2. It’s definitely better if the doctor lays down all the options with pros and cons and cost, and gives time to the patient and their family to contemplate and arrive at a decision. Knowing that the doctor is patient and trusts your judgement rather pushing his own interest/opinion Down your throat is definitely helpful for a long relationship with the doctor in case of cancer treatment.

    Liked by 3 people

    1. Yes, this is all so true!! Our medical system often traps the doctors in a space where they don’t have the time to do what is needed to allow this sort of relationship to flourish. And yet, that’s what is needed so badly. Thank you so much for reading and your thoughtful response!

      Liked by 1 person

  3. In managing my mental illness, I expect the decisions to be mine and the process of arriving at those decisions to be a collaborative discussion among equals. I’m coming into it knowing my shit, and I have no patience for doctors trying to pull the whole hierarchy thing.

    In terms of empathy, I think some degree of empathy is required for doctors to be willing to make that mindset shift and move beyond the idea of doctor knows best.

    Liked by 3 people

  4. I like the idea of shared decision making, and I like the more detailed explanation you provided: I’m a fan of lists. Unfortunately for me, I find that patriarchal attitudes often infiltrate. My psychiatrist is awesome, ditto my counsellor. Medical doctors, however, mostly men, I find assumptive, arrogant, and condescending.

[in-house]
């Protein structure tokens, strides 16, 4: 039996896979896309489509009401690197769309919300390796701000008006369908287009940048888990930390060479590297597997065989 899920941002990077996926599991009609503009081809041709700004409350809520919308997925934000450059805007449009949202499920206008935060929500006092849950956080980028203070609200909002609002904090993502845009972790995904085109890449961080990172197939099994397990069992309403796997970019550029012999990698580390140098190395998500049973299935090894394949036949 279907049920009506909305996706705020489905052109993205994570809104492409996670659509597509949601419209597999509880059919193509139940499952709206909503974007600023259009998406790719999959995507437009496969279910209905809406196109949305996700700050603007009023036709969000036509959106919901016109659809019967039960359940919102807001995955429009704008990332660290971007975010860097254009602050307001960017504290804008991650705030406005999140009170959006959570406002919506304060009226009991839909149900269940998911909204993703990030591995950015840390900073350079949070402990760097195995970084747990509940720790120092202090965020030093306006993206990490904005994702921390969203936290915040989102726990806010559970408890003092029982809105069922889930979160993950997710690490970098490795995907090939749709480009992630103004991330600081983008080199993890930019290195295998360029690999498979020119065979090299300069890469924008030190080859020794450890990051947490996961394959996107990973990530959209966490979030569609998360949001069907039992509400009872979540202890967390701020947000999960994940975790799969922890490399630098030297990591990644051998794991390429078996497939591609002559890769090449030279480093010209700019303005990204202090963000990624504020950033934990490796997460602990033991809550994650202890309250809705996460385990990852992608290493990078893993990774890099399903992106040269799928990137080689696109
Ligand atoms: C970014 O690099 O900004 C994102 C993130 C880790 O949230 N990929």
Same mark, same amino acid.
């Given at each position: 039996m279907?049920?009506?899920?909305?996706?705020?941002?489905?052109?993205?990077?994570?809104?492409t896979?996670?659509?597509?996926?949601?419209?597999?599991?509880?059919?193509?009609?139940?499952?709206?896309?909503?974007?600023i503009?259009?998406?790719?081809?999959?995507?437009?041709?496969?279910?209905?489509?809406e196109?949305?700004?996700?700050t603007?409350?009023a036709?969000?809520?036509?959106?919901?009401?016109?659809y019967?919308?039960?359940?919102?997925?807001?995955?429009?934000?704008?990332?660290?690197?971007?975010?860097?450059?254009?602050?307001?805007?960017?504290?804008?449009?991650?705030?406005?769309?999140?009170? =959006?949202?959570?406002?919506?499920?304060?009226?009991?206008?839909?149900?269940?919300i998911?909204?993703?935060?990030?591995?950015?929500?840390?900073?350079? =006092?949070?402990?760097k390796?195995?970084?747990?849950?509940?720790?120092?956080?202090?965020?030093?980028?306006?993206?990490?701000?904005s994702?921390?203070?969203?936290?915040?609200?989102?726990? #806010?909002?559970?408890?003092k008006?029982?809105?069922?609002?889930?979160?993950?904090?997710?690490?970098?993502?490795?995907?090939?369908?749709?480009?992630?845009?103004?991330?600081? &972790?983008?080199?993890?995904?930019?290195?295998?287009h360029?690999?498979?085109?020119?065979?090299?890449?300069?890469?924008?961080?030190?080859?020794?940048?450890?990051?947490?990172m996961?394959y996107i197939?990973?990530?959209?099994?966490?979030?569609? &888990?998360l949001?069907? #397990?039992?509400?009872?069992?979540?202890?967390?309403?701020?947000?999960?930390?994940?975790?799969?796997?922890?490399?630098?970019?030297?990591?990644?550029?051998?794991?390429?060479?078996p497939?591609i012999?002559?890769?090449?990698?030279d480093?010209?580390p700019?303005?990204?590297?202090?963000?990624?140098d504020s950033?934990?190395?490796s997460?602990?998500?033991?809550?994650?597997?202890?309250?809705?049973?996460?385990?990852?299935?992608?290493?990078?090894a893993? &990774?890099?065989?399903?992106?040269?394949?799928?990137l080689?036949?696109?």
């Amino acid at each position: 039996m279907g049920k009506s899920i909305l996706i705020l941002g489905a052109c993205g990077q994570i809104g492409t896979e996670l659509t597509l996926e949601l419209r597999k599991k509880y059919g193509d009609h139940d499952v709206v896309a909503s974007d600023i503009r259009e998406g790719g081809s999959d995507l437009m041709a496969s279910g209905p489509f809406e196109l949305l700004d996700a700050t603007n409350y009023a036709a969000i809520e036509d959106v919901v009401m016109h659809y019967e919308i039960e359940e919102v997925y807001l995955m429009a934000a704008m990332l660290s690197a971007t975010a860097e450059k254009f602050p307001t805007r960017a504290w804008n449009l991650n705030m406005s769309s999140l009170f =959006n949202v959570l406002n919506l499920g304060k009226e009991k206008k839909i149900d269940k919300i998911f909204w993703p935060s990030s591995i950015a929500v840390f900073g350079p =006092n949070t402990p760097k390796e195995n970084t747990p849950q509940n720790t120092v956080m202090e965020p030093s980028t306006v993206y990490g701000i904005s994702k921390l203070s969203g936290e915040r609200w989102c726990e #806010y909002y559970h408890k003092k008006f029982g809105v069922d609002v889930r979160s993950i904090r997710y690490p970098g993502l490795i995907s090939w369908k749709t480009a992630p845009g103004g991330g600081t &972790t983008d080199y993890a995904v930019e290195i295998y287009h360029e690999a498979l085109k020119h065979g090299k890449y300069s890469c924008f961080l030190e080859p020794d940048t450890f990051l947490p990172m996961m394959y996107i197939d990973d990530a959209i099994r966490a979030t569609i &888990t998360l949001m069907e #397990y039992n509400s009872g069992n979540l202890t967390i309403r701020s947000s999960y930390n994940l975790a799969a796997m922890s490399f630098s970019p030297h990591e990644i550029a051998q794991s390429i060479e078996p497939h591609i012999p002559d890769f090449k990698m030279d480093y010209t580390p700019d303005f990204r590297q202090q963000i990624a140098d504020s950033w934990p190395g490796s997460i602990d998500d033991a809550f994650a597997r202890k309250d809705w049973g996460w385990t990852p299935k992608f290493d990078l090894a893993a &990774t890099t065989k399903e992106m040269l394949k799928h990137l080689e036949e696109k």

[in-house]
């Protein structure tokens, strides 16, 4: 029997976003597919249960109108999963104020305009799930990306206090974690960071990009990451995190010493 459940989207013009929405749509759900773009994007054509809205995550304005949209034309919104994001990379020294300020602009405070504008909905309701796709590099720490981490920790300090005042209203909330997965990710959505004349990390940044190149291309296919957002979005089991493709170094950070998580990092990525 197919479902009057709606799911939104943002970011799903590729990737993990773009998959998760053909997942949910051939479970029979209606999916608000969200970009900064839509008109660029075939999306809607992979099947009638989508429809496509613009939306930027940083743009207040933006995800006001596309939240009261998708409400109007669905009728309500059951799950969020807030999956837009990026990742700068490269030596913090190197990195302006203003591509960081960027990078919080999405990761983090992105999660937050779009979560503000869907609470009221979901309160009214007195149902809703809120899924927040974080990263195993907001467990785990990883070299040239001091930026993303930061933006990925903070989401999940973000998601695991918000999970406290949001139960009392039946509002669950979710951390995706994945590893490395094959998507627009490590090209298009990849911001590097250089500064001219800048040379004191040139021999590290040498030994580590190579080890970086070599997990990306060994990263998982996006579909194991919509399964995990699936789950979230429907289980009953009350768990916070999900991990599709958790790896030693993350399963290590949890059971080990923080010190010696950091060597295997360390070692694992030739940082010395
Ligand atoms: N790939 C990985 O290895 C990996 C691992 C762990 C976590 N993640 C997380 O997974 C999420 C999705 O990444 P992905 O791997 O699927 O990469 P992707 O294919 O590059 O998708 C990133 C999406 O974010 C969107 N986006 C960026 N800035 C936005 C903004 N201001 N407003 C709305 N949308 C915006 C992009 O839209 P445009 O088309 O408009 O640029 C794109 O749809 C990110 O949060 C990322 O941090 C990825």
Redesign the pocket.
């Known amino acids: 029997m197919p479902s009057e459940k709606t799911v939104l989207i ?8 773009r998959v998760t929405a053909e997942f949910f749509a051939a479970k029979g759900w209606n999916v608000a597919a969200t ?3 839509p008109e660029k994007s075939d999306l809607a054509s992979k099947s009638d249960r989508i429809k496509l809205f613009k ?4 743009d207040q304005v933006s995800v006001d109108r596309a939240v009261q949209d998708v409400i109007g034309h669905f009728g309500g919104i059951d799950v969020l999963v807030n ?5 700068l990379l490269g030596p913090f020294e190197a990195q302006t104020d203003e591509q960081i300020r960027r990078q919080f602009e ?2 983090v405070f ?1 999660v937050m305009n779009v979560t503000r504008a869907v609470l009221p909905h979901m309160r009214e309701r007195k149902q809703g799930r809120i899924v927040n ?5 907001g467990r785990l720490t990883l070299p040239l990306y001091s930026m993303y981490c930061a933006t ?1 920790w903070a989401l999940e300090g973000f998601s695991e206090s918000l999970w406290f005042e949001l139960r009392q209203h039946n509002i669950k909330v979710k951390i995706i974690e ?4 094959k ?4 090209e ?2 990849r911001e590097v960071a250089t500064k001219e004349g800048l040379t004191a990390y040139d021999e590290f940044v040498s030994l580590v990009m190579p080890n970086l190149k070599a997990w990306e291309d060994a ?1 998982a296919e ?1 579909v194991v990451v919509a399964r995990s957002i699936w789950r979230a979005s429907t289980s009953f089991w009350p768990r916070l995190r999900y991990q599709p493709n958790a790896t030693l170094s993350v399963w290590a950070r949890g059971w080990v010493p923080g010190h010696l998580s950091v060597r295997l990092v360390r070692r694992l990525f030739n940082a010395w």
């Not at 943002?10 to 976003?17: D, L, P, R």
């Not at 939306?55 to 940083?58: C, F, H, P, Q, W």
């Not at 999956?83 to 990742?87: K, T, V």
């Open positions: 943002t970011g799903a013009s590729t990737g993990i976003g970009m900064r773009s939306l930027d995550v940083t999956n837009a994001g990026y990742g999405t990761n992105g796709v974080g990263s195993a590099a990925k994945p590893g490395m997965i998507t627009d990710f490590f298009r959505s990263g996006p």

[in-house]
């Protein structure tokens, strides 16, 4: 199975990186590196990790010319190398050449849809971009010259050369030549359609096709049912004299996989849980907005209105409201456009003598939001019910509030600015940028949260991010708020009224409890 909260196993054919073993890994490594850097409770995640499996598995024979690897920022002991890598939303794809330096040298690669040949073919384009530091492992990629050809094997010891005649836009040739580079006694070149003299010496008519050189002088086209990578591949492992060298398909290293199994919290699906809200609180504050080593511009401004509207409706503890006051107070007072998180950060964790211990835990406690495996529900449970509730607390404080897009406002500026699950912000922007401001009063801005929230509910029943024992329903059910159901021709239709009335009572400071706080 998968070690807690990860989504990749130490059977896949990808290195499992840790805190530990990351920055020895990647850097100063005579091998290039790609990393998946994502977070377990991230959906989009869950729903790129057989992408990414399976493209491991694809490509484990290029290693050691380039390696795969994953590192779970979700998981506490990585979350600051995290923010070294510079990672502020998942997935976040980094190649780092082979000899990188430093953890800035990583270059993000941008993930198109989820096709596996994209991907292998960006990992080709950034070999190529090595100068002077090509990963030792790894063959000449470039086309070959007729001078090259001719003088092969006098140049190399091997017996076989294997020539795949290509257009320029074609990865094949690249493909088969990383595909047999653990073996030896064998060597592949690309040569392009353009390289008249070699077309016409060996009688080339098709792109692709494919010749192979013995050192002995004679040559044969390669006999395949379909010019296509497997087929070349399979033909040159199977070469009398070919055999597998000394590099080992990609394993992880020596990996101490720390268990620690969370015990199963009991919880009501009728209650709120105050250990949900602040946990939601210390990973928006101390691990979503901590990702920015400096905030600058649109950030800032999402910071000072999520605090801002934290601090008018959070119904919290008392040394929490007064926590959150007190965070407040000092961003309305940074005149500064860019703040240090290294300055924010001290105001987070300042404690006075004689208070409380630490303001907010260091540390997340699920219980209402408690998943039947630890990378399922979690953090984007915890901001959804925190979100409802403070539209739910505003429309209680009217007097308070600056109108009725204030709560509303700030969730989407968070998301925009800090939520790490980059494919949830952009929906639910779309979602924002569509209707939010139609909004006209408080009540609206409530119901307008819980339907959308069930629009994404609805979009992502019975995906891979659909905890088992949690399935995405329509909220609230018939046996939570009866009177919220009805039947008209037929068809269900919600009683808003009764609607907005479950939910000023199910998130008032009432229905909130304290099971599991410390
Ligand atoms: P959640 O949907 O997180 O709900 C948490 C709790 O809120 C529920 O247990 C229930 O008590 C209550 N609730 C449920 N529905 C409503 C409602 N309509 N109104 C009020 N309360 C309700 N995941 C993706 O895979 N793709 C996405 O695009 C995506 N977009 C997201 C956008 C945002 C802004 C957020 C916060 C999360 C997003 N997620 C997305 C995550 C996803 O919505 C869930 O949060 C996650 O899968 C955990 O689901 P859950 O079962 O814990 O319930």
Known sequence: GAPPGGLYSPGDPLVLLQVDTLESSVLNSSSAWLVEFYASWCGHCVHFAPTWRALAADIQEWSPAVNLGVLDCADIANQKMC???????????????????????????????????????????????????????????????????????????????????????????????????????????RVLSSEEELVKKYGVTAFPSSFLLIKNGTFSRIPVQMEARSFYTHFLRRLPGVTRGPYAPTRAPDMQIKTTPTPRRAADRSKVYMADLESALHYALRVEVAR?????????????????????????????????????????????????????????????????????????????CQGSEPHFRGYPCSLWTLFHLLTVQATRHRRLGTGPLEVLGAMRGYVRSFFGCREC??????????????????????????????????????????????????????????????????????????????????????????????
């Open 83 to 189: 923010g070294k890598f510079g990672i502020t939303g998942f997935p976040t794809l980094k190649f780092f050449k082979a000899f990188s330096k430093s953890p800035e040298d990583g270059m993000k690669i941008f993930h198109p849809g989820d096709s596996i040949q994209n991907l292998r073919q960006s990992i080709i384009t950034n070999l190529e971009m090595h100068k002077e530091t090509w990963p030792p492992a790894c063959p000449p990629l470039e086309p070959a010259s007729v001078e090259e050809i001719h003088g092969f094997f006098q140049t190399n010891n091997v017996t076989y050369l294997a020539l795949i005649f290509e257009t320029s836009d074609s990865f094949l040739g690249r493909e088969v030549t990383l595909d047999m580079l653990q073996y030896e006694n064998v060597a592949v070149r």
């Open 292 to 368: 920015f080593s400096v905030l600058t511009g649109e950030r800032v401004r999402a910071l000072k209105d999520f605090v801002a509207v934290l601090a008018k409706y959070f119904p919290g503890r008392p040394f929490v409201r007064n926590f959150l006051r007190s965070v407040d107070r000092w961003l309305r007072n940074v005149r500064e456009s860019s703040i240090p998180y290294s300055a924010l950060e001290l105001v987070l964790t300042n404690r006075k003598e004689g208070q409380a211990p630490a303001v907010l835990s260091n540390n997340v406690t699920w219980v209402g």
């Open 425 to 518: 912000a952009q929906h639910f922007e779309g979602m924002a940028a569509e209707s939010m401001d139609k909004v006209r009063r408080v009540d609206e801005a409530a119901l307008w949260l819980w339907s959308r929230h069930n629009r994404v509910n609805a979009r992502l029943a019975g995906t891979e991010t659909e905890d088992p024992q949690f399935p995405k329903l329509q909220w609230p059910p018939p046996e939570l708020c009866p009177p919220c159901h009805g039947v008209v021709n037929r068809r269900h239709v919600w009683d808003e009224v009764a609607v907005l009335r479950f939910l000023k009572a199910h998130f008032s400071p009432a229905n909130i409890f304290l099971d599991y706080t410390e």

I may show up a little triggered – like you, I have too much history of my autonomy being questioned – but I don’t think my analysis of the way may doctors behave is inaccurate,
    despite that.

    Liked by 2 people

    1. Exactly this and why I think the language we use to describe the process has to ensure that out power and autonomy is secured. I find myself much more comfortable with female doctors generally because I don’t feel the same power dynamic. It’s all in addition to navigating the complicated medical care from the beginning. Thank you for reading and got your thoughtful response. ❤️

      Liked by 1 person

  5. Hi Abigail,

    For me, it all comes down to semantics. I see it as the physician providing expertise, knowledge, options and all that. Then, the patient decides based on her knowledge, goals, etc. To me, that is shared decision making. Because two parties are involved and patients can’t make informed decision w/o that sharing.